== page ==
Pretty stuff, our Peacock’s Fan!
Out of stock
In our beloved McLaren Vale, South Australia our maritime climes produce the picture-perfect Grenache. McLaren Vale is not only the jewel in the crown for Australian Grenache, it is also the home to our very own, Peacock’s Fan.
Our Peacock’s Fan Grenache struts its stuff (with its tailfeathers in full fashion) which has become synonymous with McLaren Vale. A kaleidoscope of multi-dimensional fruit and earthy structure radiates from the glass. Exhuberant plum and red berry fruits align with enveloping, soft tannins, accented with the perfumed cedary notes derived from minimal oak, of which our Grenache has matured in. The result: A wine with structure, elegance and poise. Pretty stuff, our Peacock’s Fan!
|Region :||McLaren Vale|
|Bottle Size :||750ml|
|Retail Price :||$25.00|
|Bottles in Case :||12|
|Alcohol % :||14.5|
|Bottling Date :||28 October, 2015|
|Aging :||12 Months|
|Sugar :||3.3 g/L|
|Acid :||5.92 g/L|
|Ingredients :|| Grapes and sulphur dioxide. |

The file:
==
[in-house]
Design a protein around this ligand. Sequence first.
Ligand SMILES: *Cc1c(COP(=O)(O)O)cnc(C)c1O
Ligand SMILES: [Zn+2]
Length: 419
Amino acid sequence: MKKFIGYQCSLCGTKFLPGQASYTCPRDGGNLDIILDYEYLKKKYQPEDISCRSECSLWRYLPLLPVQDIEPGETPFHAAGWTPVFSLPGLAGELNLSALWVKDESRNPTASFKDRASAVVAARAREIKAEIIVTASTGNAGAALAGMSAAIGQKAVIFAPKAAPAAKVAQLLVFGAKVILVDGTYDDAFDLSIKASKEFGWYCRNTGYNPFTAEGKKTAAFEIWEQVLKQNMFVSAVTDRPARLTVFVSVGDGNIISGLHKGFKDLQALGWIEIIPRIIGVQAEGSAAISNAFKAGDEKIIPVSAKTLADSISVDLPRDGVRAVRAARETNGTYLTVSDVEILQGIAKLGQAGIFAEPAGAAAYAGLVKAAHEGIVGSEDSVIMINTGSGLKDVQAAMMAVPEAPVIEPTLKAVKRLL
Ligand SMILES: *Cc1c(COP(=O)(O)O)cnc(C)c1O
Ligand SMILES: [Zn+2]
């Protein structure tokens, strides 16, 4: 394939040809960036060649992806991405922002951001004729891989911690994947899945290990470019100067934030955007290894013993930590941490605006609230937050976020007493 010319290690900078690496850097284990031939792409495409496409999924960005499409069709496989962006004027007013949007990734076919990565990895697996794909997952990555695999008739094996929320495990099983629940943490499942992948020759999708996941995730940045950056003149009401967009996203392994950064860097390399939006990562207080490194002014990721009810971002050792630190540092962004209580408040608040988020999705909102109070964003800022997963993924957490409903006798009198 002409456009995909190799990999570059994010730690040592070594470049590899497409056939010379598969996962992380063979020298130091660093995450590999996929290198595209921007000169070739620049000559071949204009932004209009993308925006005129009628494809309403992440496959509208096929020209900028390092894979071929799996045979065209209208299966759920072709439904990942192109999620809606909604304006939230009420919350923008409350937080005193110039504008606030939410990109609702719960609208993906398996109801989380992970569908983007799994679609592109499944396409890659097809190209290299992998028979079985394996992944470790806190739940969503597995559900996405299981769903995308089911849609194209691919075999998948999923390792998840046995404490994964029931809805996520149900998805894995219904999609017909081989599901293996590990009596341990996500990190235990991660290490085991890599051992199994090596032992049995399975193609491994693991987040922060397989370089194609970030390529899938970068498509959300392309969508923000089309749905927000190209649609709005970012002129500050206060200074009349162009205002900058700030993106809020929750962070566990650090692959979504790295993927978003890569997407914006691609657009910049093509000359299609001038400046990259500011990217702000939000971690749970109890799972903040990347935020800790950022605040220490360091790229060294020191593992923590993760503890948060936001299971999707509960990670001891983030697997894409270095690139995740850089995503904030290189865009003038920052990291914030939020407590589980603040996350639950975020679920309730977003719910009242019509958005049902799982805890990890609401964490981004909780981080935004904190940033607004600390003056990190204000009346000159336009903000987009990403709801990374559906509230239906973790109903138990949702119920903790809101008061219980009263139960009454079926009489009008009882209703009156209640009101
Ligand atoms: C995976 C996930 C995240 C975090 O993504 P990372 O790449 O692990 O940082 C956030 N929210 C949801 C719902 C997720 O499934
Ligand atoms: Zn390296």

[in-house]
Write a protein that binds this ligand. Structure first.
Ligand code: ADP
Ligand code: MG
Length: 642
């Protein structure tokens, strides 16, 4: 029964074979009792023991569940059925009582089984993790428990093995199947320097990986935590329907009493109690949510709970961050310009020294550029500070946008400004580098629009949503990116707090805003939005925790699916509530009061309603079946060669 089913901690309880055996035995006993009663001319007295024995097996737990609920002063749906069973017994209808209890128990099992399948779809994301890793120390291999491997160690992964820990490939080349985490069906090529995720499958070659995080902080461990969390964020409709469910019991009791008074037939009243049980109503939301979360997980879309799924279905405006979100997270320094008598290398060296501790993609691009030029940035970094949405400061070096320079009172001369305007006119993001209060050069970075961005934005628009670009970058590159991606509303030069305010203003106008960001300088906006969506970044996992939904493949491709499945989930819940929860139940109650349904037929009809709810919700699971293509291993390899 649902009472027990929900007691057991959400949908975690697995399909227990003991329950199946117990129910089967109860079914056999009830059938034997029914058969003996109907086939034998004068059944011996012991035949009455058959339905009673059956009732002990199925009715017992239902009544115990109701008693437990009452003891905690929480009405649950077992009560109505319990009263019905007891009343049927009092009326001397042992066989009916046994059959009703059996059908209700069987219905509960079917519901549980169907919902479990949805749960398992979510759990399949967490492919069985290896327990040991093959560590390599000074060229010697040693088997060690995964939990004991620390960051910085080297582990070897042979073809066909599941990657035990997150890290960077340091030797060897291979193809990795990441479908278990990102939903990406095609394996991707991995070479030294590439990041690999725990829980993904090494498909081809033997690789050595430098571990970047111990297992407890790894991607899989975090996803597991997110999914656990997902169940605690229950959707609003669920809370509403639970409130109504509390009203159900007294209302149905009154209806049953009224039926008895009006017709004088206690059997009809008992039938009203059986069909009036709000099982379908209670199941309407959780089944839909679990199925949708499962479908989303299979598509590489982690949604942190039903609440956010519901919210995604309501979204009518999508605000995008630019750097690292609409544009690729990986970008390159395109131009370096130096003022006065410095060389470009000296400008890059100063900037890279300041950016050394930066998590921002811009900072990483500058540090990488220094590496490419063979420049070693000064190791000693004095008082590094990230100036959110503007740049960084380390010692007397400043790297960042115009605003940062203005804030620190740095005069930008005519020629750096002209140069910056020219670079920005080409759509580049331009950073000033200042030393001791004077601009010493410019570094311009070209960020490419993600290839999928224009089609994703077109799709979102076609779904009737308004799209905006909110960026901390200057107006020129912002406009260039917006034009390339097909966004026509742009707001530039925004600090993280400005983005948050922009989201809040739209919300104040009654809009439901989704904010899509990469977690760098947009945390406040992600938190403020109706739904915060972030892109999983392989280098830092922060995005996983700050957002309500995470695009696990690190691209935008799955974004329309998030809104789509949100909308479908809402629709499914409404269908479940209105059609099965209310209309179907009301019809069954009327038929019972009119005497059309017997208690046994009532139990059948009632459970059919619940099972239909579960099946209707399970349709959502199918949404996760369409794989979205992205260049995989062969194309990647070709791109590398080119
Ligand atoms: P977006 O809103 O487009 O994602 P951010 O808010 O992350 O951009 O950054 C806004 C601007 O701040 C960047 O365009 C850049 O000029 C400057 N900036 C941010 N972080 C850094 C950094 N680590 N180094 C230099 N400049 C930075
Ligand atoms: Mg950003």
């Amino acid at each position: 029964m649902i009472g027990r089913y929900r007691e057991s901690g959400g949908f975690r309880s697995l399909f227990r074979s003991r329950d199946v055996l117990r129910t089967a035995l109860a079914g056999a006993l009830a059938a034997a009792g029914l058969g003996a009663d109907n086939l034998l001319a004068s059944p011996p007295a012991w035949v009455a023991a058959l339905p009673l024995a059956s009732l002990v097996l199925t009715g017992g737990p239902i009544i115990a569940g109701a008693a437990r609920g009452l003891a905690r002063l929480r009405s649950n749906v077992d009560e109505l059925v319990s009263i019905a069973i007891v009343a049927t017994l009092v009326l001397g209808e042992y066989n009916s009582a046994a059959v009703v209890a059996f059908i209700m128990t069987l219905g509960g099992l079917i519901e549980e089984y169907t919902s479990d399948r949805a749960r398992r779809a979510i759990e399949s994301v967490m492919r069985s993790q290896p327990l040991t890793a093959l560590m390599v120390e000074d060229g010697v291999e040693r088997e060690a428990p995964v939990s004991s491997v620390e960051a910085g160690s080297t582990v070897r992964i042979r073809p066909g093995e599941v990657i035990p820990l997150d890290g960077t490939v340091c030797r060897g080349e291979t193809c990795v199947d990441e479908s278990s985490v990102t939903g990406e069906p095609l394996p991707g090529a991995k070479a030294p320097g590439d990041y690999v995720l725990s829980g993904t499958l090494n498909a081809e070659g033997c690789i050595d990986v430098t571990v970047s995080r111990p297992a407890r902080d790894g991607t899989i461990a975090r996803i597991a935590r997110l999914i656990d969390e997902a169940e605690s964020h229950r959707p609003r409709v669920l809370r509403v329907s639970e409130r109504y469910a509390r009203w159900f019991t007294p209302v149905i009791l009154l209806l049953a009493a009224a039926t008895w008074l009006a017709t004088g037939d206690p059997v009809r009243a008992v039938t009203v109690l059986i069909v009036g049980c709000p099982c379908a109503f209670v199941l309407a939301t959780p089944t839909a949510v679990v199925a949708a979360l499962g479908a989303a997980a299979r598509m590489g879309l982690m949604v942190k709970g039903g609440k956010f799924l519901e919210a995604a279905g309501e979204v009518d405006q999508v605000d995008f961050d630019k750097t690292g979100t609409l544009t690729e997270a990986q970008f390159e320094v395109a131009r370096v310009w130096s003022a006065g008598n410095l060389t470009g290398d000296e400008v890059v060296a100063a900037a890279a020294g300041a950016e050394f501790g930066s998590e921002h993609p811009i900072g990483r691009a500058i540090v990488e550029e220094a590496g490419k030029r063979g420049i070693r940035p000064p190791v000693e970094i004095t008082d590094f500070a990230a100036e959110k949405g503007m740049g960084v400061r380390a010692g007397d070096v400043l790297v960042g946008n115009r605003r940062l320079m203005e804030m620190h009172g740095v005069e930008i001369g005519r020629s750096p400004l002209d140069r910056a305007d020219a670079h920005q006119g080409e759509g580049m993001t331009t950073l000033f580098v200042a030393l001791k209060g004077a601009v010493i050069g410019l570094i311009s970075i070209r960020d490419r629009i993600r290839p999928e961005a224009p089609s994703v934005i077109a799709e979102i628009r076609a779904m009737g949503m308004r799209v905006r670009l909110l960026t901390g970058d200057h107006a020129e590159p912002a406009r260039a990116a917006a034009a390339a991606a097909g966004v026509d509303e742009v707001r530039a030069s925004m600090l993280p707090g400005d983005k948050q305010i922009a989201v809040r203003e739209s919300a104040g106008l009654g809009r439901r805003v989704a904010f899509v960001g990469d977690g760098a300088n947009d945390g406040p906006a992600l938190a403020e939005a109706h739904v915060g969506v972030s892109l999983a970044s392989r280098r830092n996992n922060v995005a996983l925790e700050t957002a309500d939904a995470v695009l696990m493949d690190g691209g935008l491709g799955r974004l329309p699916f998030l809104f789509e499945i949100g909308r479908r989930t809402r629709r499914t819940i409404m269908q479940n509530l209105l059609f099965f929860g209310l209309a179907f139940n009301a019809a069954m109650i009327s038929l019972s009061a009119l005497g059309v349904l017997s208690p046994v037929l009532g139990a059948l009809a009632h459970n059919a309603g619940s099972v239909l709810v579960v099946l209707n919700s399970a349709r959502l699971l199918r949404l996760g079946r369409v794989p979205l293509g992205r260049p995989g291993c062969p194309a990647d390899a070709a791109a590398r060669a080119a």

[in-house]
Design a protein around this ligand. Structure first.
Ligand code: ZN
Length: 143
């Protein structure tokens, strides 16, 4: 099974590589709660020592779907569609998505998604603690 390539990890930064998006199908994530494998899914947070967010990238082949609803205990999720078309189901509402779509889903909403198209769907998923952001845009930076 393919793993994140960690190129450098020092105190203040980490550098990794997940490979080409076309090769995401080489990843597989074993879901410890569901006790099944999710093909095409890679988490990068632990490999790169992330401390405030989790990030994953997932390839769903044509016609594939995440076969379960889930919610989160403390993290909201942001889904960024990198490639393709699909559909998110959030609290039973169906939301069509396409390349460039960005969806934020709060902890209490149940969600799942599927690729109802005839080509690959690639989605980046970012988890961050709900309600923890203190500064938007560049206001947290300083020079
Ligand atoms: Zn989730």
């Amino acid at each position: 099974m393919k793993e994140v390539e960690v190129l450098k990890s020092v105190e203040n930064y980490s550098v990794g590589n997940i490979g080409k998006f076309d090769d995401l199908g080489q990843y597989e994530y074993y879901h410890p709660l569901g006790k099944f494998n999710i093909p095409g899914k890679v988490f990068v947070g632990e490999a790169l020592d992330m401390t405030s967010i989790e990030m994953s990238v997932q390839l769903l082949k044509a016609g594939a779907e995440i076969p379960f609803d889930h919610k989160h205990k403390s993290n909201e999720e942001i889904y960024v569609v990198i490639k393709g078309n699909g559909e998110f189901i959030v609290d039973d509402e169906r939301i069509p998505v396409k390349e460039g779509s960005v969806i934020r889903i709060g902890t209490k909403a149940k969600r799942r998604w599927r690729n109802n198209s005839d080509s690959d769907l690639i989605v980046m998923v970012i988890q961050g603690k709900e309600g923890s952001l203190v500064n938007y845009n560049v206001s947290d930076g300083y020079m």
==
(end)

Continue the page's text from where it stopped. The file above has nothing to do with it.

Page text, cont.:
Other ingredients used in the winemaking process:
- Cultivated yeast.
- yeast nutrients.
At the time of bottling , this wine contained:
- 82 ppm Total SO2
- 35 ppm Free SO2
|Oak :||French & American (new and seasoned)|
China Wine & Spirits Awards 2016
Gold Medal/90 points
Tastings.com, New Release Wines, 16/09/16
“Minutely hazy medium dusty garnet colour. Toasty, spicy aromas and flavours of black raspberry pie al la mode, sour cherry gelato, chocolate mint cookie, and hint of eucalyptus lozenge with a satiny, bright, fruity medium body and a smooth, intriguing, medium-long spiced toffee, pomegranate and watermelon, and cedar paper finish with light oak. A nice spicy Grenache with fine balance and vibrancy.”
Gold Medal/90 points
Tastings World Wine Championships 2016
Winestate Magazine, The Annual Edition 2017, Best of South Australia (to be featured January 2017)
Winestate Magazine, July/August 2016, p. 100
“Classic lifted confectionery/rub fruit fragrances with herbal- like complexity. Big mouthful of sweet raspberry jubes. Drying tannins.”